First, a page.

Equitable access to digital and sustainable technologies is required along with strict measures to ensure online privacy for women and girls. Despite many efforts to bring women leaders to the top of global institutions (government, health, and development agencies) yet workplace still faces a lack of diversity, gender equality and remains primarily led by men.

A future should hold a promise where we expect rare occurrences of maternal deaths—particularly in women from poor socio-economic backgrounds. Reduced incidence of non-communicable diseases such as cardiovascular diseases, chronic obstructive pulmonary disease, and poor mental health. Sexually transmissible infections to be prevented and cured among young women and girls and fewer occurrences to be expected.

The Covid-19 crisis tested the strength of the healthcare system across the globe. The importance of stronger health systems to mitigate the harms caused to women and girls during the covid-19 crisis became more crucial. Well-prepared health systems can offer uninterrupted essential services in need more efficiently, especially services for victims of gender-based violence.

Strengthening health systems means that there is an utmost need for safe and decent work conditions which prevent sexual harassment and violence, ensuring women have appropriately designed protective equipment, eliminating the gender pay gap, and adequate wages for women for care work. Investment in the gender equality movement is crucial as gender equality programs still are highly underfunded by overseas development assistance.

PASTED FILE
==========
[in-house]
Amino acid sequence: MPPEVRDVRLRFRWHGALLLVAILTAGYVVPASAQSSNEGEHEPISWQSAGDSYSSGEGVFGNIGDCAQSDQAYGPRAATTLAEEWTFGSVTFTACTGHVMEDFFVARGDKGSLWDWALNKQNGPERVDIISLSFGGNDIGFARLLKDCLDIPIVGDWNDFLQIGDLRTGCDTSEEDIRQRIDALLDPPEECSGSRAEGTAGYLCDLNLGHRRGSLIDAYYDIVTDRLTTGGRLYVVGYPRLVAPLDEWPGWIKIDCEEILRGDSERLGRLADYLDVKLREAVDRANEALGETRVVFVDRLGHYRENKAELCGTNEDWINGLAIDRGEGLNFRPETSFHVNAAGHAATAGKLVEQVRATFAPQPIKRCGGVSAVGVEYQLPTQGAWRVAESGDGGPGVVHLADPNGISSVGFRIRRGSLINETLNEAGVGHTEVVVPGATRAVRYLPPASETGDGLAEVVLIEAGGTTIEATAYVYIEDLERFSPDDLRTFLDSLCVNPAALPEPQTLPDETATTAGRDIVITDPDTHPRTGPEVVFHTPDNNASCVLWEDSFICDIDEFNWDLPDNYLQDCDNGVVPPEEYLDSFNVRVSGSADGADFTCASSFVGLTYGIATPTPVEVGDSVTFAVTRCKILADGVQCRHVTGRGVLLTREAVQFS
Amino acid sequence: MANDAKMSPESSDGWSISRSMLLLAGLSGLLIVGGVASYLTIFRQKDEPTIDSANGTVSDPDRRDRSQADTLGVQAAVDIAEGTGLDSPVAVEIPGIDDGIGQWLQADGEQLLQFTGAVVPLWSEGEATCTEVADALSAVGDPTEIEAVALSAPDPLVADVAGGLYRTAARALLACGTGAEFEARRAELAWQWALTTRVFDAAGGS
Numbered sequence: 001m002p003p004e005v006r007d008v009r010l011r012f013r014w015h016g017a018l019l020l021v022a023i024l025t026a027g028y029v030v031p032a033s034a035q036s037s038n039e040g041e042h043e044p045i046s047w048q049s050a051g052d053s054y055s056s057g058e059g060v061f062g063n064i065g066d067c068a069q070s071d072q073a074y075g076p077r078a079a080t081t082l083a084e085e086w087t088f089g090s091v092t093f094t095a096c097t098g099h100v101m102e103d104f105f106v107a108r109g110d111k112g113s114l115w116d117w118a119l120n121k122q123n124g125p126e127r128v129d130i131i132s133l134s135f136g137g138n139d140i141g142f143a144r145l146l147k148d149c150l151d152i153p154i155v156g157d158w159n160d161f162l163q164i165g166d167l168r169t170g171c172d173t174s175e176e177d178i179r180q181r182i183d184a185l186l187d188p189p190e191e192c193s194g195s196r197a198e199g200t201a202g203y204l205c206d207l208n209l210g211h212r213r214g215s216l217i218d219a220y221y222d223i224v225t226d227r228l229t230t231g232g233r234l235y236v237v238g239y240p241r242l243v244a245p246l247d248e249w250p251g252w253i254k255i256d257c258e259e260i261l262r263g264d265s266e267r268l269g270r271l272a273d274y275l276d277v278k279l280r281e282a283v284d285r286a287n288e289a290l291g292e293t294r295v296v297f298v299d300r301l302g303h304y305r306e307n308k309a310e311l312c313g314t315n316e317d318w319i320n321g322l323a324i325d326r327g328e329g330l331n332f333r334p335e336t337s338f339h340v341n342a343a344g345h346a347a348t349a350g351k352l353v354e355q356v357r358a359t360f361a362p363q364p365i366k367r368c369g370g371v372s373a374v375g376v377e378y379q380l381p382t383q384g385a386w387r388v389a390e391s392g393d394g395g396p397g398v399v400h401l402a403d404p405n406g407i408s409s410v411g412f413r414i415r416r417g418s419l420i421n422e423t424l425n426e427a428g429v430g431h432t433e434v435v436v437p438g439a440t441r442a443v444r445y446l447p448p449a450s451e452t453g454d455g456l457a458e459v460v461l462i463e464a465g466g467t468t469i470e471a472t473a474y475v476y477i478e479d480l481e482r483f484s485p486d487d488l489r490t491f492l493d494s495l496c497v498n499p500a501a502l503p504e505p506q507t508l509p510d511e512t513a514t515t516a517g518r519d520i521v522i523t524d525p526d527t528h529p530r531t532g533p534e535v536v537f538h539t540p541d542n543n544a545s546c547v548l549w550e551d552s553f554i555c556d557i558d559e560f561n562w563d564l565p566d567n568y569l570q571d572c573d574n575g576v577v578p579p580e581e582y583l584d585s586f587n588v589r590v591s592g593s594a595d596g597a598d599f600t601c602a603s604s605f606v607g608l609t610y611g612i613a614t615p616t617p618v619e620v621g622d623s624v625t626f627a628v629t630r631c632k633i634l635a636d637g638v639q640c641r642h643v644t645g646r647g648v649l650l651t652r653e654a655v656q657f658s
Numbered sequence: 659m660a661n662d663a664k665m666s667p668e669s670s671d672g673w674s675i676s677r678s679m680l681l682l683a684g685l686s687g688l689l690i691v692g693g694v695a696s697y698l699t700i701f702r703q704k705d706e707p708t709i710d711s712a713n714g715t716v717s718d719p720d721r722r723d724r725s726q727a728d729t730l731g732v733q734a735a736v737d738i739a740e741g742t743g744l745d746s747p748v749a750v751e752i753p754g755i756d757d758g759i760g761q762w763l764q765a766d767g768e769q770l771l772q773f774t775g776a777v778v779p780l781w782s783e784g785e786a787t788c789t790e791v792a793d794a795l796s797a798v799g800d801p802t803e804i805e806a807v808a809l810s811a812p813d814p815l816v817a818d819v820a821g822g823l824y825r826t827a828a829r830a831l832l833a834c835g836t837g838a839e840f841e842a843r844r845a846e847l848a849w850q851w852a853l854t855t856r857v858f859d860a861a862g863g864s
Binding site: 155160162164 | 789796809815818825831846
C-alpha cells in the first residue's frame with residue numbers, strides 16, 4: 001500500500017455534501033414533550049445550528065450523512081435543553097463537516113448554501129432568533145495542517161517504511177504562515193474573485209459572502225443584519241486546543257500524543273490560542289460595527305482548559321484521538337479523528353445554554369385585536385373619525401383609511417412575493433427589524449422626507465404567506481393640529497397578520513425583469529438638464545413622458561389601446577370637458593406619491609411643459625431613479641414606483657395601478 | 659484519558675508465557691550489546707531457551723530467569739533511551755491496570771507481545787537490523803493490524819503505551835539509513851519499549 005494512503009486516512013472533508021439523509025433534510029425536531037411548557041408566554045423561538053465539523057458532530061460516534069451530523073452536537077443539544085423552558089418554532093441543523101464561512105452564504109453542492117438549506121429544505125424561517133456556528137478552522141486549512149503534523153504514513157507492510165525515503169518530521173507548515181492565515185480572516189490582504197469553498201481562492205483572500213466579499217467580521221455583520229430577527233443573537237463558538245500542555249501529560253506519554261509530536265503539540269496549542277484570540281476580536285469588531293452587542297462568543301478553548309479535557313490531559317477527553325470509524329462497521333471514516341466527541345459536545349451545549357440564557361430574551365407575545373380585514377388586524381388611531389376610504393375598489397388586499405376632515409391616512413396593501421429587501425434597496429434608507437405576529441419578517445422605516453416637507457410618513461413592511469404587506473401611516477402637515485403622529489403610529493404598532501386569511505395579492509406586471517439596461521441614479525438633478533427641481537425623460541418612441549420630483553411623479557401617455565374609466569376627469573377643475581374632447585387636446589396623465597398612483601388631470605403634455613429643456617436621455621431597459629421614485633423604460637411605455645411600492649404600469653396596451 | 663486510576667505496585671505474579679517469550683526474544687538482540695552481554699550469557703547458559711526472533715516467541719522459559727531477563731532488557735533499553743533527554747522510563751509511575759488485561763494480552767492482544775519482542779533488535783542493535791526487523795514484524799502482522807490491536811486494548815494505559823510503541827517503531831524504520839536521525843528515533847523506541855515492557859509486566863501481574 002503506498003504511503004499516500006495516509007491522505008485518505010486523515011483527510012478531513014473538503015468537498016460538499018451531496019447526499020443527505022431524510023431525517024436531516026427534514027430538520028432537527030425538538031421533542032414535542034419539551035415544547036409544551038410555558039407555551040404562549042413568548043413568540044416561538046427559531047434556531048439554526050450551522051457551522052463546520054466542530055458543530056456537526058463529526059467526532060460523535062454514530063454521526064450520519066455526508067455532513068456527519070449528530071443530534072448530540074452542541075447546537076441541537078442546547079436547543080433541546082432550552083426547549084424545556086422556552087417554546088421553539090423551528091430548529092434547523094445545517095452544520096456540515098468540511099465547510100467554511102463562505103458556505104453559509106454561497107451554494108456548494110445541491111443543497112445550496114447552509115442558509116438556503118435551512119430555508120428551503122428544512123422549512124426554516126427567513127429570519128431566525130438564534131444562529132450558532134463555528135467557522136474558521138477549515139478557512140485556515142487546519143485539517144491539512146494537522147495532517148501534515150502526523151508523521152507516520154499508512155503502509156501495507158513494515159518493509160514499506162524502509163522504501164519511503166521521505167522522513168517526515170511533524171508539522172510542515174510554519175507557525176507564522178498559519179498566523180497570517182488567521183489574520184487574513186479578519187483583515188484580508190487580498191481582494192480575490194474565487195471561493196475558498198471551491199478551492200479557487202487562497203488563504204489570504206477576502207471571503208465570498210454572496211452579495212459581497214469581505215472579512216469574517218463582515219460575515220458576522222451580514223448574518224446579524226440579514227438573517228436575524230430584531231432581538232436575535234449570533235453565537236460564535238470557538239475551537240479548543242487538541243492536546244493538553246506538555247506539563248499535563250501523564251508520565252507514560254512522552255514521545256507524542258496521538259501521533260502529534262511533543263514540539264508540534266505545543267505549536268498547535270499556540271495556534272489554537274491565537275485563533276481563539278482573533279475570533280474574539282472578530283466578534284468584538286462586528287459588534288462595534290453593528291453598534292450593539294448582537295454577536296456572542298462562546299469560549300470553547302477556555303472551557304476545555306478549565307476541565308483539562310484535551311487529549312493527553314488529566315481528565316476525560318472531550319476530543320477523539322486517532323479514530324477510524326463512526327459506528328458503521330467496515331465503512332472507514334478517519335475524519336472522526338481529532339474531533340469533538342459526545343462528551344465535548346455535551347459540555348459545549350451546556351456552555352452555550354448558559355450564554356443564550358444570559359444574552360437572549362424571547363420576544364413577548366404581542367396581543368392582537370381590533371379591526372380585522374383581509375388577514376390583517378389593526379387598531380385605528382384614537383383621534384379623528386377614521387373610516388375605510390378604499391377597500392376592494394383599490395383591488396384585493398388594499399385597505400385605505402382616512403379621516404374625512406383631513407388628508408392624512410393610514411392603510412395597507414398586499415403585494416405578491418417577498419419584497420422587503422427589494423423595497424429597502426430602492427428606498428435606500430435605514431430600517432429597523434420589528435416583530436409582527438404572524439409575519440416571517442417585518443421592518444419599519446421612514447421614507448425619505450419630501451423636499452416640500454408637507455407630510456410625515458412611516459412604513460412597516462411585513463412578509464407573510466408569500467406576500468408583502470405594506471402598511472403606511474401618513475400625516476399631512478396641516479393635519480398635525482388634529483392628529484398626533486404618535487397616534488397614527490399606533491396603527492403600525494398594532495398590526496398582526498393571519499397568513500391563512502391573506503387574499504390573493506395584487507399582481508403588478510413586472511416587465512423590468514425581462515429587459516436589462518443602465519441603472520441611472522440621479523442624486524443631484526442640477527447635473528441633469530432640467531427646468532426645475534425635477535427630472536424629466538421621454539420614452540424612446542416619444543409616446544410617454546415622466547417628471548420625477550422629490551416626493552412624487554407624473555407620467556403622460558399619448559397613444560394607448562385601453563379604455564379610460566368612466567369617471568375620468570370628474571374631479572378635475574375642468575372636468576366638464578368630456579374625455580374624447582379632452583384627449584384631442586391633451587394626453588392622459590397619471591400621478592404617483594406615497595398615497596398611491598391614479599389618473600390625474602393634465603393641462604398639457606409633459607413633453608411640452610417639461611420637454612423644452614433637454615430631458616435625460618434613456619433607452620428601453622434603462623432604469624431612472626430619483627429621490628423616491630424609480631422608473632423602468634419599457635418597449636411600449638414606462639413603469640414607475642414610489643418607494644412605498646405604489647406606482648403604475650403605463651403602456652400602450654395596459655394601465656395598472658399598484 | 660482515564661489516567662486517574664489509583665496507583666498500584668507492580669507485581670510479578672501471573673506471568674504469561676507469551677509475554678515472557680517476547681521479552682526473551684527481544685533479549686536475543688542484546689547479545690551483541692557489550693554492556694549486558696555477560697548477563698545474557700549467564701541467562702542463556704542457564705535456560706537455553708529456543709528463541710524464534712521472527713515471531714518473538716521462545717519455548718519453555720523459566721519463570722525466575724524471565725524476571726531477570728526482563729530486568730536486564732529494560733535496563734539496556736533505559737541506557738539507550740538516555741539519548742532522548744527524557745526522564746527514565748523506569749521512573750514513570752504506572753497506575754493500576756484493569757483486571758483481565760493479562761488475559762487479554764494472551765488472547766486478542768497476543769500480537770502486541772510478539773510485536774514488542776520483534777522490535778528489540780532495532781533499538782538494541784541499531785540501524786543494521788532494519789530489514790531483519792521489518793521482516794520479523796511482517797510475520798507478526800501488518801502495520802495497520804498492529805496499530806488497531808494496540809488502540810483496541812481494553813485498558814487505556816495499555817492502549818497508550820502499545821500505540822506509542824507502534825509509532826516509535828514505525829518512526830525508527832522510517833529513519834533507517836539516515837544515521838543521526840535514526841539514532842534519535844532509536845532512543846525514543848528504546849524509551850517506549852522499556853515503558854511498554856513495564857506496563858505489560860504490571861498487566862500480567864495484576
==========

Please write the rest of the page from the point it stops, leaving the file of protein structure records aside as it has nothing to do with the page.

Adequate long-term financing of gender equality movements is key to long-term legislative accountability. Community, educational institutes, and social media interventions can play a critical part in promoting gender equality and preventing violence against women by challenging stereotypes that give men or society power over women. Lastly, we see a future where we establish a safe and violence-free life for all.


Conflict of interest: The authors declare no conflict of interest

Reference: World Health Organization. Sexual and reproductive health interventions in the WHO UHC compendium. 2021 https://apps.who.int/iris/rest/bitstreams/1341153/retrieve

About the author

Sadia Khalid, Junior researcher, and a PhD candidate at Tallinn University of Technology (TalTech), Estonia. She has been working on her research project “The role of Helicobacter pylori intestinal microbiota in the development of liver diseases” under supervision of Dr. Pirjo Spuul at Faculty of Science, Institute of Chemistry and Biotechnology.,TalTech. Previously, she has worked as a research specialist in biomedicine and translational medicine department in the university of Tartu, Estonia. She obtained her MD in emergency medicine in 2017 from the Dalian Medical university, China and MBChB in 2013 from the Weifang Medical university, China. Her current research interests include infectious diseases, bacteriology, hepatology, and gastroenterology.